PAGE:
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20121201
20121231
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Search Results 0 to 27 of about 28 (some duplicates have been removed)
. >> bill: okay, now mrs. obama is a lawyer, making her the third first lady to hold the postgraduate degree. who is the first? >> >> bill: the answer is d, hillary clinton. you both got it wrong. hillary clinton got a little master's degree. and then laura bush, do i believe has a librarian thing. masters. both got it wrong. very good start. here is question number two. marilyn monroe, no advanced degree often played a ditsy blonde felt critic for acting skills. though she was nominated for a winner she did win a golden globe for her role in what film? golden globe, marilyn monroe what film? >> terribly sorry. >> sweet sue, you won't tell anybody, will you. >> >> bill: doocy got it right. no surprise there very good film. >> steve: those were men dressed as women. >> bill: really, doocy? >> nothing gets by him. >> they are flamboyant men. >> bill: no end to your dedetective capability. >> bill: i think i have a crick right here. number three. margaret thatcher film. >> we will stand on principle or we will not stand at all. >> but, margaret with all due respect, when one has been to war. >>
or does the gentlelady reserve her time? mrs. davis: i'm sorry, mr. speaker. i reserve the balance of my time. the speaker pro tempore: the gentlewoman reserves the balance of her time. the gentleman from california. mr. mckeon: thank you, mr. speaker. i rise to thank the gentlelady for her leadership not only on this issue but on the leadership she helps provide to our committee. we have several women serving on the house arm services committee, and they do an outstanding job. over the years, many of us have visited iraq and afghanistan, and i have had that opportunity, but i know that the troops that the women have made bring us back a different perspective. i know the troops that i made, like time before last to afghanistan i went to the south. i went to camp leather neck where they were setting up the marines that just arrived and they were pushing out in the desert. we were not able to visit marja, which was one of the towns in that area. was totally under the control of the taliban. the taliban flag flew over marja. the last time i was there, totally changed. the marines had taken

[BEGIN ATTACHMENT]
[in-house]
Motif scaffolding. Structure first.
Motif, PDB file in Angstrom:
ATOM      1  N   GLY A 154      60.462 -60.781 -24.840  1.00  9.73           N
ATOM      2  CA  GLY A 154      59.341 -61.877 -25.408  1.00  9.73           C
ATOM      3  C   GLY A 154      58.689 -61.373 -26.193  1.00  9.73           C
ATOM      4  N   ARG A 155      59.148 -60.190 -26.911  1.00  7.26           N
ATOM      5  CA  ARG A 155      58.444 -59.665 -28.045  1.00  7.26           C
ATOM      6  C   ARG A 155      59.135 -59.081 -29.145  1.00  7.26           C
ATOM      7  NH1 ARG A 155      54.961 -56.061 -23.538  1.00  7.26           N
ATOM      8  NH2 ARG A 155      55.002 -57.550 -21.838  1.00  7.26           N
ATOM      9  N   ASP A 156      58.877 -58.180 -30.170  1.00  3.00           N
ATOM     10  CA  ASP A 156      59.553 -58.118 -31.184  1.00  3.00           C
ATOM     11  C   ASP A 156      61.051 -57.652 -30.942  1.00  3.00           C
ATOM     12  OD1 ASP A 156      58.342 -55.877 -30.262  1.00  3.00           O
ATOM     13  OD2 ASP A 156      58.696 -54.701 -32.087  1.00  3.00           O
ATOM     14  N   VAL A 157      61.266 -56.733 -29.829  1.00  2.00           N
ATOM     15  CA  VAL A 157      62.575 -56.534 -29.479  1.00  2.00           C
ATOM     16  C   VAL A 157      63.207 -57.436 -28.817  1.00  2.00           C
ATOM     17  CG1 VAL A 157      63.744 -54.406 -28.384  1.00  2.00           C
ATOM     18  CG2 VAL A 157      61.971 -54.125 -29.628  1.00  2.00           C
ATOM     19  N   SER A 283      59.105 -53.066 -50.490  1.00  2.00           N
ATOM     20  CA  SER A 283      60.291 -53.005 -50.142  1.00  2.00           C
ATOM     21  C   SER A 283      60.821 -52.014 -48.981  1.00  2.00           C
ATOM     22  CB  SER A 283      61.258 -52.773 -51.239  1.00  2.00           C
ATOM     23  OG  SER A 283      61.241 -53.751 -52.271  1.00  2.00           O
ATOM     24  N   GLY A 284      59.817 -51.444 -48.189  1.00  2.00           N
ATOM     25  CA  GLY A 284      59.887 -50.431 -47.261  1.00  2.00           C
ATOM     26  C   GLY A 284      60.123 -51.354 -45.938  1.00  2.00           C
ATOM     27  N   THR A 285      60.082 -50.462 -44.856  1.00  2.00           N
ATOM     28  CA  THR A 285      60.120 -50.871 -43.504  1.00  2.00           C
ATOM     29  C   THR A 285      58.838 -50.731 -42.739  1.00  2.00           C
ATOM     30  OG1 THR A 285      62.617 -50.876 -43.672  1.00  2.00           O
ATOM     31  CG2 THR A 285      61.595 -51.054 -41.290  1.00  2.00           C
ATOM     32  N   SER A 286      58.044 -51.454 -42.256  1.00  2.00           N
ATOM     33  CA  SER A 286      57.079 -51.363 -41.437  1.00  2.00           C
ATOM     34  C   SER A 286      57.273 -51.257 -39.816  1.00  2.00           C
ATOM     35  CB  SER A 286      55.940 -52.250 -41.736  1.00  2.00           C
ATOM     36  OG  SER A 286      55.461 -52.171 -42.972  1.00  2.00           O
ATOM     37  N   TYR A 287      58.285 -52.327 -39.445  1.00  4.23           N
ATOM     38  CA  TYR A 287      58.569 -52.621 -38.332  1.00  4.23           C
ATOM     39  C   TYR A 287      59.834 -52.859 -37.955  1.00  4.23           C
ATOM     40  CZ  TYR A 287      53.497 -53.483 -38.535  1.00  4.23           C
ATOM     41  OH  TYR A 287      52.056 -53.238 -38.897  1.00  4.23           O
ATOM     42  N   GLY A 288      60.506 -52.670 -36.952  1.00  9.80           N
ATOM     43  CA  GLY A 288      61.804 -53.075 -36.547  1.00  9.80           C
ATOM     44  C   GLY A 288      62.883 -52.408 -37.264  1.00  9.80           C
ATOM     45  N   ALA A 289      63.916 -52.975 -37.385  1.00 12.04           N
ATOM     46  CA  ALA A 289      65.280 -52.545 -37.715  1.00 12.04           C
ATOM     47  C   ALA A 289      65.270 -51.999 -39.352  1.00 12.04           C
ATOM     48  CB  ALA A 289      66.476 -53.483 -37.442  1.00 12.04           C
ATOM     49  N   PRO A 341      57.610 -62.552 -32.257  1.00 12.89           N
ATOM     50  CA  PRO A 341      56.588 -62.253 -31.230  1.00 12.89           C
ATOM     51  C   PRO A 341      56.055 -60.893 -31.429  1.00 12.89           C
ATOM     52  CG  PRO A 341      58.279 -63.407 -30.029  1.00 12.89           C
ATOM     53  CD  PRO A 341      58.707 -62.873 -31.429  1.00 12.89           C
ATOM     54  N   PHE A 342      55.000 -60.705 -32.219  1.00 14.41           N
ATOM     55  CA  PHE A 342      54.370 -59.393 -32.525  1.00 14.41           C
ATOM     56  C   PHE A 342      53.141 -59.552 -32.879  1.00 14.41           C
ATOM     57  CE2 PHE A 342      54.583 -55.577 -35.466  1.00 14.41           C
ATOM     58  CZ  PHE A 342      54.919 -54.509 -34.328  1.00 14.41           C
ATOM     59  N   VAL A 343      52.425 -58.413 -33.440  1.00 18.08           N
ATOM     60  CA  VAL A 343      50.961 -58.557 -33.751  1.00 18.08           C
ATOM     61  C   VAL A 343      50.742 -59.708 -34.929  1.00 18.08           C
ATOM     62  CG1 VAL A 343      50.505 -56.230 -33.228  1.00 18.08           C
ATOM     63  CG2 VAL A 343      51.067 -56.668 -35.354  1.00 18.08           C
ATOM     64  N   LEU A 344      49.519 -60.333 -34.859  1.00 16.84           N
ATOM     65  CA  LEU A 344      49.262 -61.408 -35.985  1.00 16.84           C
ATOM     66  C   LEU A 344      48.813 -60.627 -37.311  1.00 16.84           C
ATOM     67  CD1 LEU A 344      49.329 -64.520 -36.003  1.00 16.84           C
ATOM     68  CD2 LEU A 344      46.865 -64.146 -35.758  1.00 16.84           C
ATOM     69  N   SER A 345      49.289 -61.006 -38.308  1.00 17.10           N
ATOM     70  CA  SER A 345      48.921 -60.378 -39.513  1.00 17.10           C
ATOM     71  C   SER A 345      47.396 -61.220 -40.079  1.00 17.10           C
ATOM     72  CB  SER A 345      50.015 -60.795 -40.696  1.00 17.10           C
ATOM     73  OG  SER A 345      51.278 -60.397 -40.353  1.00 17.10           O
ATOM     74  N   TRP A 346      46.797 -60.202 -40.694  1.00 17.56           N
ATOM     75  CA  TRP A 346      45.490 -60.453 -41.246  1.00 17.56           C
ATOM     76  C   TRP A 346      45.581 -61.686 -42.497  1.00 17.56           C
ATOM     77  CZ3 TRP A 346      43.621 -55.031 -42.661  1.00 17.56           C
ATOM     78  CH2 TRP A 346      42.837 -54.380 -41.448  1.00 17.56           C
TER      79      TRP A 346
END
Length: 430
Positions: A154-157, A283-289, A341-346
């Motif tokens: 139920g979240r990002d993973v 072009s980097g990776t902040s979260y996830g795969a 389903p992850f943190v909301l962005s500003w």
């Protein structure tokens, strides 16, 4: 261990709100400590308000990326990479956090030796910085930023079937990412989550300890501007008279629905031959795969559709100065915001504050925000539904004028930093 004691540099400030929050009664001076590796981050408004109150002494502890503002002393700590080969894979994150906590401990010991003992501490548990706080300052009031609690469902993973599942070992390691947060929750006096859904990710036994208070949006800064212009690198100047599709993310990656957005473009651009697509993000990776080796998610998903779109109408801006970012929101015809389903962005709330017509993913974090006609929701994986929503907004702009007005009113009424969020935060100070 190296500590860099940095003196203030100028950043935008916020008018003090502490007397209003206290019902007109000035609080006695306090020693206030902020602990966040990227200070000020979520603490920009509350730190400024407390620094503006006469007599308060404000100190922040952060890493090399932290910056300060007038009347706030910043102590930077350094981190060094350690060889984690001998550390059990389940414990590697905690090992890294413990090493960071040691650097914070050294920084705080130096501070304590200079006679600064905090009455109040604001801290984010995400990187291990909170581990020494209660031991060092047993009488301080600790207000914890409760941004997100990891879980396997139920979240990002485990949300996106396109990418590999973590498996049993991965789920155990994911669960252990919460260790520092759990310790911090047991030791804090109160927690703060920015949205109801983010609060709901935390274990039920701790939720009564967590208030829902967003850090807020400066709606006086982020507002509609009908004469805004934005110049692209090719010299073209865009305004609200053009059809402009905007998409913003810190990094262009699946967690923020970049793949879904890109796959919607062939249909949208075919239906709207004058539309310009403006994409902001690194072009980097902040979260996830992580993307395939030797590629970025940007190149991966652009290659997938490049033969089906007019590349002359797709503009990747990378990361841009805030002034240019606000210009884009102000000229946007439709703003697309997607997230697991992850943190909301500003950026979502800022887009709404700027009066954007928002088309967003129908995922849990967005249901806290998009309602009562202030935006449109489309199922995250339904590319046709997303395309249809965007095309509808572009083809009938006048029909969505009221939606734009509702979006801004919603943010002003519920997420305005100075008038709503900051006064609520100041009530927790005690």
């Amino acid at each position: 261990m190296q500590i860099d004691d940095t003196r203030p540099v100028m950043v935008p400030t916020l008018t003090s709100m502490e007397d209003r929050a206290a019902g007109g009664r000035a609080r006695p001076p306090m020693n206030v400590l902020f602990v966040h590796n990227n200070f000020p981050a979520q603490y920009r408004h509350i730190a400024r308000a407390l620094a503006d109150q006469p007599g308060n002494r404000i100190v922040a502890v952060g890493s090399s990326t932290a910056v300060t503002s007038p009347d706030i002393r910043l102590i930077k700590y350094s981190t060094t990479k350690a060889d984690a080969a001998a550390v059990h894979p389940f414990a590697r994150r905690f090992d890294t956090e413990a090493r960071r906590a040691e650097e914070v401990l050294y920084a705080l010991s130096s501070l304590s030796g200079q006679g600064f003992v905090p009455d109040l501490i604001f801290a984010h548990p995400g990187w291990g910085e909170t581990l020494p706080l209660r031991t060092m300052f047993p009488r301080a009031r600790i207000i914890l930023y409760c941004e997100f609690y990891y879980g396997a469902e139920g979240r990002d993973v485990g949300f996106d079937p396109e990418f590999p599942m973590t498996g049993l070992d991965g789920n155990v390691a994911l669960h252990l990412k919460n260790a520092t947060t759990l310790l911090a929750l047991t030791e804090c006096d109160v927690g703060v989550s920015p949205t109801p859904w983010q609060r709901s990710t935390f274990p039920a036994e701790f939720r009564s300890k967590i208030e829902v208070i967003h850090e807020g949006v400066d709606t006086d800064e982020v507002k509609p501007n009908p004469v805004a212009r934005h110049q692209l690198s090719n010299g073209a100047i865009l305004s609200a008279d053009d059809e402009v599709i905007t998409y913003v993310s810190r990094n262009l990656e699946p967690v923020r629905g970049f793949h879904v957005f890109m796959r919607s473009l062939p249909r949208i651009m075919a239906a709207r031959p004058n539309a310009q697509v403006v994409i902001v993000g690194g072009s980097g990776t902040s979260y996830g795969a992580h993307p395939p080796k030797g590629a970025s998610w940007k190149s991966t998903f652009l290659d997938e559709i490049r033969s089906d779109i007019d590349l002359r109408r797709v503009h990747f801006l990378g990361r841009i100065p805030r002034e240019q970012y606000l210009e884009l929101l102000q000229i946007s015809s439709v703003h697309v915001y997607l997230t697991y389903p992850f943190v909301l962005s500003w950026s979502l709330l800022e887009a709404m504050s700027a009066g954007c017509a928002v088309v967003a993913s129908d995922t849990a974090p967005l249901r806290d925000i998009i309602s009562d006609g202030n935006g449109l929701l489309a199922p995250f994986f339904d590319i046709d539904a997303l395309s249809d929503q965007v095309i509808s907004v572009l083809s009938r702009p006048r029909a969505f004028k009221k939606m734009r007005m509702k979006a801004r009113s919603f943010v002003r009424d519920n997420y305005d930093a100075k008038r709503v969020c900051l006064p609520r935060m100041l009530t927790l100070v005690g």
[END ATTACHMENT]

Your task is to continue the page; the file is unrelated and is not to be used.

greatly. they are senator kay bailey hutchison and senator scout brown. mr. president, in her marvelous book entitled "american heroines: the spirited women who shaped our country," senator kay bailey hutchison wrote the following: "no history can be written appropriately without acknowledging the part women have played in building the greatness of our country. end quote. as my valued colleague and good friend begins a new chapter in her life, i hope that she finds the time to add a new chapter to her own book, one that will be fascinating, inspiring, and auto biographical. like the women that kay celebrates, says an author from amelia earheart, from sally barton to condoleezza rice, kay bailey hutchison is a pioneer, a breaker of barriers. in the special election of 1993, the people of texas made her the first woman to represent them in the united states senate. in the three regular elections since then, they have confirmed their trust in her by ever increasing margins. as the leader of the senate commerce committee, kay has been a strong voice for transportation systems, better, effic
has the right to own a gun that can kill 20 children in a minute and a half. had mrs. lanza secured her weapons we might not have had so much carnage. keep the conversation going. more of your responses in the next hour of "newsroom." up high! ok. don't you have any usefull apps on that thing? who do you think i am, quicken loans? ♪ at quicken loans, our amazingly useful mortgage calculator app allows you to quickly calculate your mortgage payment based on today's incredibly low interest rates... right from your iphone or android smartphone. one more way quicken loans is engineered to amaze. ♪ is engineered to amaze. ♪ how advanced is the new ford fusion? well...it has outstanding performance and handling... ...and it offers a plug-in hybrid that gets a projected 100 mpge. of course, there's still one thing it can't do. introducing the entirely new ford fusion. it's an entirely new idea of what a car can be. but with advair, i'm breathing better. so now i can be in the scene. advair is clinically proven to help significantly improve lung function. unlike most copd medications,
. the presiding officer: the senator from mississippi. mr. cochran: mr. president, we wish to thank the distinguished manager of the bill for her courtesies and for her skill in managing this bill. her sensitivity to the need for improvements and sustaining the disaster assistance capabilities of our great country. thank you. mr. paul: mr. president? the presiding officer: the senator from kentucky. mr. paul: i ask unanimous consent to call up amendments 3376 and 3410 en bloc. the presiding officer: the clerk will report the amendments. the clerk: the senator from kentucky, mr. paul, proposes amendment numbered 3376 and 3410 en bloc. mr. paul: mr. president, when hurricane sandy struck, hundreds -- when hurricane sandy struck the northeast, hundreds of thousands, if not millions of people were without power. we all saw the video footage, we saw the terrible trauma and people are still trying to dig out from underneath the debris of hurricane sandy. during that period of time, hundreds of workers drove up from the south wanting to help. these workers were nonunionized and they were t